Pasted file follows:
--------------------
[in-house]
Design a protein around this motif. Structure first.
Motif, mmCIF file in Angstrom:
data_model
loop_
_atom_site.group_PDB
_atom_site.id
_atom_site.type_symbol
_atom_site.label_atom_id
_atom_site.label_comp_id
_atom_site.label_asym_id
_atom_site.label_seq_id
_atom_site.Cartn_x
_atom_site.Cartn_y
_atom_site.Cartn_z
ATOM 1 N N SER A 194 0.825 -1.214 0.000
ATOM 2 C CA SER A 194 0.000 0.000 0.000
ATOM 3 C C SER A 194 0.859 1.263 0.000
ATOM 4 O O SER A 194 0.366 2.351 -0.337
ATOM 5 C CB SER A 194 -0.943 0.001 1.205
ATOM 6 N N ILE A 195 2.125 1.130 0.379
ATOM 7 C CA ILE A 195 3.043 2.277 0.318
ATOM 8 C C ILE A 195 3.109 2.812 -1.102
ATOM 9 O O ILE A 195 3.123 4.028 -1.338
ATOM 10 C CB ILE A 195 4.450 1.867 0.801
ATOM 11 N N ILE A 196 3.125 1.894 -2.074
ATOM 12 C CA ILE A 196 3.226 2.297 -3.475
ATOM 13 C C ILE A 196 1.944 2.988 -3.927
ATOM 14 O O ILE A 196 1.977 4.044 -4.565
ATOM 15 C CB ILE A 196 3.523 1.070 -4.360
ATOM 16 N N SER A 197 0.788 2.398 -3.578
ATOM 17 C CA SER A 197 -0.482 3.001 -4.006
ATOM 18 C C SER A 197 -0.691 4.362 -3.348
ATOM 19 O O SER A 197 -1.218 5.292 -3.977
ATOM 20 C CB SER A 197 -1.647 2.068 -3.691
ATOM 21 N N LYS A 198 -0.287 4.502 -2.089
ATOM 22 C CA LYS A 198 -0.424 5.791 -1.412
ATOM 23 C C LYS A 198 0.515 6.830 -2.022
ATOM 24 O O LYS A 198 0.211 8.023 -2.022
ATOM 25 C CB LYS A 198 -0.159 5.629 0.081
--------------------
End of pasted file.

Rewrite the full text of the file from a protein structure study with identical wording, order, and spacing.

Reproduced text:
[in-house]
Design a protein around this motif. Structure first.
Motif, mmCIF file in Angstrom:
data_model
loop_
_atom_site.group_PDB
_atom_site.id
_atom_site.type_symbol
_atom_site.label_atom_id
_atom_site.label_comp_id
_atom_site.label_asym_id
_atom_site.label_seq_id
_atom_site.Cartn_x
_atom_site.Cartn_y
_atom_site.Cartn_z
ATOM 1 N N SER A 194 0.825 -1.214 0.000
ATOM 2 C CA SER A 194 0.000 0.000 0.000
ATOM 3 C C SER A 194 0.859 1.263 0.000
ATOM 4 O O SER A 194 0.366 2.351 -0.337
ATOM 5 C CB SER A 194 -0.943 0.001 1.205
ATOM 6 N N ILE A 195 2.125 1.130 0.379
ATOM 7 C CA ILE A 195 3.043 2.277 0.318
ATOM 8 C C ILE A 195 3.109 2.812 -1.102
ATOM 9 O O ILE A 195 3.123 4.028 -1.338
ATOM 10 C CB ILE A 195 4.450 1.867 0.801
ATOM 11 N N ILE A 196 3.125 1.894 -2.074
ATOM 12 C CA ILE A 196 3.226 2.297 -3.475
ATOM 13 C C ILE A 196 1.944 2.988 -3.927
ATOM 14 O O ILE A 196 1.977 4.044 -4.565
ATOM 15 C CB ILE A 196 3.523 1.070 -4.360
ATOM 16 N N SER A 197 0.788 2.398 -3.578
ATOM 17 C CA SER A 197 -0.482 3.001 -4.006
ATOM 18 C C SER A 197 -0.691 4.362 -3.348
ATOM 19 O O SER A 197 -1.218 5.292 -3.977
ATOM 20 C CB SER A 197 -1.647 2.068 -3.691
ATOM 21 N N LYS A 198 -0.287 4.502 -2.089
ATOM 22 C CA LYS A 198 -0.424 5.791 -1.412
ATOM 23 C C LYS A 198 0.515 6.830 -2.022
ATOM 24 O O LYS A 198 0.211 8.023 -2.022
ATOM 25 C CB LYS A 198 -0.159 5.629 0.081